Austin is very good for an international company — you get more hours of the day to talk to Europe. Before this office, we only had about two hours in the day where our San Francisco team could talk to our U.K. office. There are also a lot of partner opportunities here with other tech companies like BigCommerce and ShipStation, and great universities that lead to exceptional talent.
Plus, the living standards are better. The week I came here to check it out, it was the same week as ACL, and I saw Radiohead. This is a happening city.
Leveraging your people’s own networks is the best way to grow a team"
How do you build a team from scratch?
Getting your initial talent requires hard work and an investment. You’re always tempted to rush, but you can’t because you’ll get your anchor talent wrong and have to start again. For us, we had to make sure we get someone from the U.S. to help us with interviews. I interview for values, but I think it’s important to get someone who understands the cultural nuances since they are very different. Then once you lock in your anchor talent, you can rely on networks. Leveraging your people’s own networks is the best way to grow a team.
What are some of the cultural differences between the U.K. headquarters and the Austin team?
Our U.K. teams tend to err on the side of caution. They are very humble and don’t shout about their successes. It’s not that they don’t celebrate success naturally, it’s just not as overt. There’s not as much high fiving in the U.K., but all offices definitely share the same values. They just express themselves differently.
If you don’t have values, you don’t give people a lens through which to make decisions without guidance."
Can you tell us a bit more about your team’s values?
If you were to ask me this question 20 years ago, I would’ve completely undervalued having everyone in the company follow the same values. They are hugely important — if you don’t have values, you don’t give people a lens through which to make decisions without guidance. A big organization without values won’t be around for too long. They are the biggest driver of organizational efficiency, productivity and team health.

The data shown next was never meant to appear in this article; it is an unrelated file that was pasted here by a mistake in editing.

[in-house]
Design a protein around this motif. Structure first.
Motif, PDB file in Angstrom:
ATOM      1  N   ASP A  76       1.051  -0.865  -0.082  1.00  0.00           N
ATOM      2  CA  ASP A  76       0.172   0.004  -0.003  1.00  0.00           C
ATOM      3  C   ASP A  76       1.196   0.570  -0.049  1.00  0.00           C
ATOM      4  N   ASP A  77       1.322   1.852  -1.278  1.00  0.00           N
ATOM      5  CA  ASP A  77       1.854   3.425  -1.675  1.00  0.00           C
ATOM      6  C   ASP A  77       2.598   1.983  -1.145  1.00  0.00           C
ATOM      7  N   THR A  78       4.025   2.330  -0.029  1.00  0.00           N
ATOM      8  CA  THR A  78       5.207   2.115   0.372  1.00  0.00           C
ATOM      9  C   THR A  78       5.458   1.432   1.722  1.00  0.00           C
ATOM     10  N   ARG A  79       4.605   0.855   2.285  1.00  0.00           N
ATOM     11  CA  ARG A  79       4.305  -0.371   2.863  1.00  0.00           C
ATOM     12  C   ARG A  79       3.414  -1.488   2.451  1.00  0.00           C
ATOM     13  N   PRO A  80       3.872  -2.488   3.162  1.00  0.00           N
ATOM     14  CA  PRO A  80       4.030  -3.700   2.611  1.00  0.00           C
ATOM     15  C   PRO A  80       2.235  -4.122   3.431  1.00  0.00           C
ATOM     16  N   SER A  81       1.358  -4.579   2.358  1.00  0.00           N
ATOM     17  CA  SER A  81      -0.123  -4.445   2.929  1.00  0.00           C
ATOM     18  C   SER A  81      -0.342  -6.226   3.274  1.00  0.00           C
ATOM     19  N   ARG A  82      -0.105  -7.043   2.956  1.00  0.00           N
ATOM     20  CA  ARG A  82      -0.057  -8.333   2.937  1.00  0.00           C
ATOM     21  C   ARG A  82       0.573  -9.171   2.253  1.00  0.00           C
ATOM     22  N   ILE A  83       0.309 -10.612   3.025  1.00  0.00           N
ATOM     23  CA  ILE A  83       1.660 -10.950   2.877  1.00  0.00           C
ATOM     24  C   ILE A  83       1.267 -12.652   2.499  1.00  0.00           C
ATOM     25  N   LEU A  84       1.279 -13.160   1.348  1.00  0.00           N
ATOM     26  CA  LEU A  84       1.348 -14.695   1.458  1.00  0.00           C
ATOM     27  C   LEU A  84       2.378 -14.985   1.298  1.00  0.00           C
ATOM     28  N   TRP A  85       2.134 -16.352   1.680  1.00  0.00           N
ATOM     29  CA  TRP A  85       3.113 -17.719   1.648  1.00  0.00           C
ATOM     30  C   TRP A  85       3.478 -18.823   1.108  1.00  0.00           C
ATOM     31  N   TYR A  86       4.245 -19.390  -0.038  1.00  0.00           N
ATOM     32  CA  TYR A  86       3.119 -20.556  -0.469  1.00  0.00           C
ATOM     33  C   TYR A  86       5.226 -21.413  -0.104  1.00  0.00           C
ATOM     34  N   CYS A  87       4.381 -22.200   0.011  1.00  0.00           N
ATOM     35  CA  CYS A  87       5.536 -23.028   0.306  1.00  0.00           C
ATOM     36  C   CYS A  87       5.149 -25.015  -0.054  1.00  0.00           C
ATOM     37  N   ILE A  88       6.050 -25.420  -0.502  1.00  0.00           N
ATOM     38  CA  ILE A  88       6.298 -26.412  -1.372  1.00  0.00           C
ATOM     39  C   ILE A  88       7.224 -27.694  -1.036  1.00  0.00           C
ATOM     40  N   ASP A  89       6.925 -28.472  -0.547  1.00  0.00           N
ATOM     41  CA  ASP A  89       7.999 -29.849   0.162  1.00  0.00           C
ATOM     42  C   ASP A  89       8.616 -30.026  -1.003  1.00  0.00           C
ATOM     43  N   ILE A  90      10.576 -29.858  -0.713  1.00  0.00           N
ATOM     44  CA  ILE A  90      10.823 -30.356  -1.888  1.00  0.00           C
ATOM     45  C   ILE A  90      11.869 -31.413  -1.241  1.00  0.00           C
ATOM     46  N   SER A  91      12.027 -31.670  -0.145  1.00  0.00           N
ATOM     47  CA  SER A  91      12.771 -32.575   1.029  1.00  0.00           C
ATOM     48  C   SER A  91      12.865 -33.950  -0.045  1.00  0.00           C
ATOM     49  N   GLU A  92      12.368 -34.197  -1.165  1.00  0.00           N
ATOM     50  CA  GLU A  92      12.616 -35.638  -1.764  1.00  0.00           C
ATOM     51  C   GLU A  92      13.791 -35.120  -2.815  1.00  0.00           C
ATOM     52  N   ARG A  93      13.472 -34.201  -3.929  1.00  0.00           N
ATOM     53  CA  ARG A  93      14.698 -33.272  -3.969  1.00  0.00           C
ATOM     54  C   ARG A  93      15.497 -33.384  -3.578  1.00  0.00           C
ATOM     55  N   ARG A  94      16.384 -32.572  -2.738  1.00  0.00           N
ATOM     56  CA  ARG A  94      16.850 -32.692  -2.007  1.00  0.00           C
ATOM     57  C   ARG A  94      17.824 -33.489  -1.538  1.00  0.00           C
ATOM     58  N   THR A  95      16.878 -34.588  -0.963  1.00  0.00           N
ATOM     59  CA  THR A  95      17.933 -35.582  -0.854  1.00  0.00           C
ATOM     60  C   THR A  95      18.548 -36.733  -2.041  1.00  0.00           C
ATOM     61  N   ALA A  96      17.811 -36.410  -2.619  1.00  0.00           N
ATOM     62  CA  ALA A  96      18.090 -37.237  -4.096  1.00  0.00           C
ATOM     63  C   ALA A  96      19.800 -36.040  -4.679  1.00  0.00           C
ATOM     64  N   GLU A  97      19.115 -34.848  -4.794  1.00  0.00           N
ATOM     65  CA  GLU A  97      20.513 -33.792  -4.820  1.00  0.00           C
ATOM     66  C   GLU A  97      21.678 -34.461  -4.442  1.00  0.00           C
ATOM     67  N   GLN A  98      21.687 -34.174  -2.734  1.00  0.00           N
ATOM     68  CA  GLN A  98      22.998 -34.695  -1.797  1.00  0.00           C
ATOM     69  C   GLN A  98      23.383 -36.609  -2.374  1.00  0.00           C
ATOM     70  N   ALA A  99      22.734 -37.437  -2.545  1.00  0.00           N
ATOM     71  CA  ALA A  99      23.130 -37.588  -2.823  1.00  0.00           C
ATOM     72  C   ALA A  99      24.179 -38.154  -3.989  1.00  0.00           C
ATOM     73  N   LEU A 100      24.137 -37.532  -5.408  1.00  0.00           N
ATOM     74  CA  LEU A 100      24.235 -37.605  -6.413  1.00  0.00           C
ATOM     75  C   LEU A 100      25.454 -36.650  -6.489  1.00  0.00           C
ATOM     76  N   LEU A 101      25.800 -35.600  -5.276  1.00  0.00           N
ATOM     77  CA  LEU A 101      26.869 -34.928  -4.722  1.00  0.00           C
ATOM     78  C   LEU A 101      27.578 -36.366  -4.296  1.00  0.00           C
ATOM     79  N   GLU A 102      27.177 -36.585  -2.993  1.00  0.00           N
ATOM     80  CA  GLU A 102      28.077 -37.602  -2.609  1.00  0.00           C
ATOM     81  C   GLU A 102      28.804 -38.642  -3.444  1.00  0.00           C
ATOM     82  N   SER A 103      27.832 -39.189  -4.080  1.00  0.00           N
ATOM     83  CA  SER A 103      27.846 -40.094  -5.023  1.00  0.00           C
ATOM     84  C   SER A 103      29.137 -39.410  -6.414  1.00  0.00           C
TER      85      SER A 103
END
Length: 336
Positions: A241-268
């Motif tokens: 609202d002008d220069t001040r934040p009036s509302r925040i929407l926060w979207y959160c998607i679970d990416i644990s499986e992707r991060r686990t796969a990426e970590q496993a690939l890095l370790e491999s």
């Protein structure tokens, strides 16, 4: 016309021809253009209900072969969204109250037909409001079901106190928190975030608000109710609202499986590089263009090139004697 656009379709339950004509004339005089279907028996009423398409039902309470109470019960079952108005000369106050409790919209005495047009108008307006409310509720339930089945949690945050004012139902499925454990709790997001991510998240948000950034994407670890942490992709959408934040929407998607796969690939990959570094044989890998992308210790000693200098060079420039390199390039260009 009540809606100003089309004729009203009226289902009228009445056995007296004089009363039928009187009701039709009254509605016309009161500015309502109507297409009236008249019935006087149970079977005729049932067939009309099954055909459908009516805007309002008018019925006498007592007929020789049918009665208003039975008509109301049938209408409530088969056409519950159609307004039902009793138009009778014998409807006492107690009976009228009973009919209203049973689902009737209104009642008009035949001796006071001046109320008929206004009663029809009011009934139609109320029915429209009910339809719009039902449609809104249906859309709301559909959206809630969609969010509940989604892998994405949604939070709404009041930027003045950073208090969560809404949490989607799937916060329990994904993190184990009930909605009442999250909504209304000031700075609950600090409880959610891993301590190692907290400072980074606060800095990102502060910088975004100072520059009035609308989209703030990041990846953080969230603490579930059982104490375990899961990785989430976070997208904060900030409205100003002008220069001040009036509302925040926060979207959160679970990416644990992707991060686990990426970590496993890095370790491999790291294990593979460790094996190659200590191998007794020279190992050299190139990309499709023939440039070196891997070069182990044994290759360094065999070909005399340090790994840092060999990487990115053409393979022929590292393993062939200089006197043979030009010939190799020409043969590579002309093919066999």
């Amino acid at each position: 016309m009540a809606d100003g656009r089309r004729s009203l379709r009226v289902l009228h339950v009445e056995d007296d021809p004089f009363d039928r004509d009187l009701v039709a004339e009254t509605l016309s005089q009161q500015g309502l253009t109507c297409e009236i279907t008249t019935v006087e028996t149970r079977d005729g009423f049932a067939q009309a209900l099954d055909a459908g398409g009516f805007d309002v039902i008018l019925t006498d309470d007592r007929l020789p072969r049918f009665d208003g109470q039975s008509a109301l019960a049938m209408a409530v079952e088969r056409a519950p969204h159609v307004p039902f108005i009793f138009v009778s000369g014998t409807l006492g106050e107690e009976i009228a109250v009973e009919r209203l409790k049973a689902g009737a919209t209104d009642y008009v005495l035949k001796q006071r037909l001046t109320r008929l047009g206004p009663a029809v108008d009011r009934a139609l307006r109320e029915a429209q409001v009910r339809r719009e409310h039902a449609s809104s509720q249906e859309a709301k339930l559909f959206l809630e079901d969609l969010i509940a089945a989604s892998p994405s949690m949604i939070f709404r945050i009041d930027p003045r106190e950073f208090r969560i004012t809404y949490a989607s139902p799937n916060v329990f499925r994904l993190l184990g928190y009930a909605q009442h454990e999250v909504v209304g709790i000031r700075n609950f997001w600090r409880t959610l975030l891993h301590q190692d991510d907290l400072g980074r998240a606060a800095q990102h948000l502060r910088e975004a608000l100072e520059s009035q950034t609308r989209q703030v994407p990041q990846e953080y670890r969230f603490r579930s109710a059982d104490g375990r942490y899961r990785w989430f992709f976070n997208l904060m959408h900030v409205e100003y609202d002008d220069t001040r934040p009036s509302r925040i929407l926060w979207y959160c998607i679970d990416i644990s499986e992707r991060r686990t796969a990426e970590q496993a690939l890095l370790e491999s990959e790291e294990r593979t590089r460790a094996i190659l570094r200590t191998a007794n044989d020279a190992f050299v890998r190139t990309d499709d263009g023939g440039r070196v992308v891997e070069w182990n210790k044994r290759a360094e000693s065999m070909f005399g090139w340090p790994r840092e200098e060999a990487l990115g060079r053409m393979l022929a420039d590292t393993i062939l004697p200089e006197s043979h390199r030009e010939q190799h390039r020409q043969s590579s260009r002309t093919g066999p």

As a team, we had a long discussion a year ago to create values that drive us to operate as a team and individuals. We ran a workshop for two days, and the team created our core values, as well as aspirational values per department. Our sequence of values is: customer first, curiousity, help, retail only and confidence.
How do Brightpearl’s values play into the interview process?
We’ve built these into our hiring process. Everyone’s final interview is with me, and I’m looking for a culture fit. Does the person have the right basic skills? Does this person have character?
Lastly, what’s ahead for Brightpearl?
This year, we’re hiring professionals that understand the back-office technology automation space in sales, design, implementation, support and post-implementation customer success.
Next year, we’re focusing on product management and engineering to bring to life our vision of automation and natural language query. We’re already building the foundation so clients can essentially talk to the system and ask things like, “What’s my margin today on this product?” It would respond via chat. There’s a whole world of opportunity to bring ease of access to the space, and we want to take it to the next level.
The interview has been edited for length and clarity.